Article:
So, back to the topic of today’s post. We have bathroom doors that work but I am not really sure why, because they are never closed when they need to be.

Conclusions:

  1. The bathroom doors in our house are for guests, not the actual occupants of the house.
  2. If you are visiting our house (as a guest!) be forewarned that when you do your business in the bathroom, even though the door is for you, you may still be visited by a small human.
    1. If it is the 20-month old just continue what you are doing and make sure you do not get sucked into another dimension. We are hoping she will eventually realize people go into AND come out the bathroom AND she does not have to be there to make sure everything is okay.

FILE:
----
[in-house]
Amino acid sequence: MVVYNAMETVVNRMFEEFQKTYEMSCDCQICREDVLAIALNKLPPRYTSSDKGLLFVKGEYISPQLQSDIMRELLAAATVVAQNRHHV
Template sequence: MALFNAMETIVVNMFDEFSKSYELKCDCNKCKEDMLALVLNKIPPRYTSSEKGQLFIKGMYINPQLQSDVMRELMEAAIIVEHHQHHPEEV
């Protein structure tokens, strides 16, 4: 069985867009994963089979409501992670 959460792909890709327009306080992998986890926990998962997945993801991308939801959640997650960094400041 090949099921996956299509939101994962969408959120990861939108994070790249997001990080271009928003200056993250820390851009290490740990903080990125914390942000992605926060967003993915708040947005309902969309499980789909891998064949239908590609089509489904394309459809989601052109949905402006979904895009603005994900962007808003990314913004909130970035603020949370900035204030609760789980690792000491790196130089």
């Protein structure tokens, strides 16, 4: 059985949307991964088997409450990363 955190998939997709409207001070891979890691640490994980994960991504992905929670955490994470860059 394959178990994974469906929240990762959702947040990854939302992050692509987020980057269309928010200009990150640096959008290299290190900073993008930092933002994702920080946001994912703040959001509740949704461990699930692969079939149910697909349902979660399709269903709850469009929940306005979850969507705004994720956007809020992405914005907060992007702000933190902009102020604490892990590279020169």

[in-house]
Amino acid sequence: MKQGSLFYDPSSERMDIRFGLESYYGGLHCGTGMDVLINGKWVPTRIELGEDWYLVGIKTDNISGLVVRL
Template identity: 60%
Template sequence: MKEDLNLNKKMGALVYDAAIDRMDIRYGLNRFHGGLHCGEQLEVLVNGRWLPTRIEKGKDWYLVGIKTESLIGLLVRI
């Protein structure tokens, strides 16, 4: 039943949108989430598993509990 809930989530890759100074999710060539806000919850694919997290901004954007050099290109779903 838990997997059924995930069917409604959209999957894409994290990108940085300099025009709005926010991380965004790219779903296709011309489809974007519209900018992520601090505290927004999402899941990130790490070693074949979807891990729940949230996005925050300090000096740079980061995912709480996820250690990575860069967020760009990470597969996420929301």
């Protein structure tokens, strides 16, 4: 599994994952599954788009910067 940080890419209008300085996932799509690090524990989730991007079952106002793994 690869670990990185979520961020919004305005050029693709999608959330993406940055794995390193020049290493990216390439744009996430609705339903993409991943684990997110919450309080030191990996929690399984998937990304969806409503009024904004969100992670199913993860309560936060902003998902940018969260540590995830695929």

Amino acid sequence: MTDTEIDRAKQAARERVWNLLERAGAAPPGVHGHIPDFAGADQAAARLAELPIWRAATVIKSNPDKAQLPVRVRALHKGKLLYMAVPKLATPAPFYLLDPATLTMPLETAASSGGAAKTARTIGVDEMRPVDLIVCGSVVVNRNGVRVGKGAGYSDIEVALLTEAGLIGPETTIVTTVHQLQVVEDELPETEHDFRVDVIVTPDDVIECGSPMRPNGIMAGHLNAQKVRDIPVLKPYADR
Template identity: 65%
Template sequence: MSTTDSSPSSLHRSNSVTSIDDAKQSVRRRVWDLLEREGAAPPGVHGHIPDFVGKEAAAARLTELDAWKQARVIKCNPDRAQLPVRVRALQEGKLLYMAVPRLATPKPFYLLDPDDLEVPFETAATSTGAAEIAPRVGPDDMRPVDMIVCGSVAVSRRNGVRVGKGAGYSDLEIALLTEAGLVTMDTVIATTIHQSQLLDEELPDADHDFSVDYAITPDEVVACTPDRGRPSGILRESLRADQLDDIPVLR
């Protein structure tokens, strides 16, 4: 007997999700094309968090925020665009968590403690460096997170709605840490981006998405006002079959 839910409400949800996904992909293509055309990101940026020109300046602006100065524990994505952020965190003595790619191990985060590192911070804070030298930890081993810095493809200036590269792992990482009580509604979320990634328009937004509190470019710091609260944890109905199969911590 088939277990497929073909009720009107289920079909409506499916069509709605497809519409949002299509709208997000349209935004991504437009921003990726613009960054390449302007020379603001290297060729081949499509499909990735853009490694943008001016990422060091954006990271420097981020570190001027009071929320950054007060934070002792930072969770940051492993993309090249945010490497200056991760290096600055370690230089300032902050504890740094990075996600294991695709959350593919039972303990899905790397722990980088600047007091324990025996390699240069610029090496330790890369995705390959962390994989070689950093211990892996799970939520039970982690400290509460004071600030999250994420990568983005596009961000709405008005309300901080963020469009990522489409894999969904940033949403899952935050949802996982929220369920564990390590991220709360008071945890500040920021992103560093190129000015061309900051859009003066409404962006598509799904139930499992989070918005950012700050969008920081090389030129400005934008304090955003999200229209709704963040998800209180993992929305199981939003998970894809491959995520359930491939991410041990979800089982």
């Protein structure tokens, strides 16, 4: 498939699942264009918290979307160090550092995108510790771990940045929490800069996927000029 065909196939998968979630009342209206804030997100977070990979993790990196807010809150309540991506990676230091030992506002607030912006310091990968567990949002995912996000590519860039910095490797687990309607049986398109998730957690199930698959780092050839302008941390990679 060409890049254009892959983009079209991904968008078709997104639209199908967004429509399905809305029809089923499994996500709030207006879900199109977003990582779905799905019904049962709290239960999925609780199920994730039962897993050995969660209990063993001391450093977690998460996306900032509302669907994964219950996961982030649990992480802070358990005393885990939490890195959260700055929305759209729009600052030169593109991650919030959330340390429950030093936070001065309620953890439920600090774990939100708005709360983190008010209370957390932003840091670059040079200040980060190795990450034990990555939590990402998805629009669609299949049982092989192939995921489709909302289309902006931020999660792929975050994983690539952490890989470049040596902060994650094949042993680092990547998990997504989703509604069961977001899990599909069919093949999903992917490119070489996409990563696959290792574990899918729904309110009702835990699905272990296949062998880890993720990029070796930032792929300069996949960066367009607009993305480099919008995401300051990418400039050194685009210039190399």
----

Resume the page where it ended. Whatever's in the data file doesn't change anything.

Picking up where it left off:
2. If it is the 4-year-old be ready to answer some random questions that will just keep coming until you are done. Why are there 7 days in a week? Why does Monday come before Tuesday? What is 7 + 22? Why? What is a number? Why is the tile white? Why are your toes pink? And so on…
    3. We will attempt to run interference in provide you with the glorious privilege of going to the bathroom with a closed door. No guarantees though.
  3. We should get better locks on the doors (because honestly they don’t work very well and that might solve this whole issue once and for all).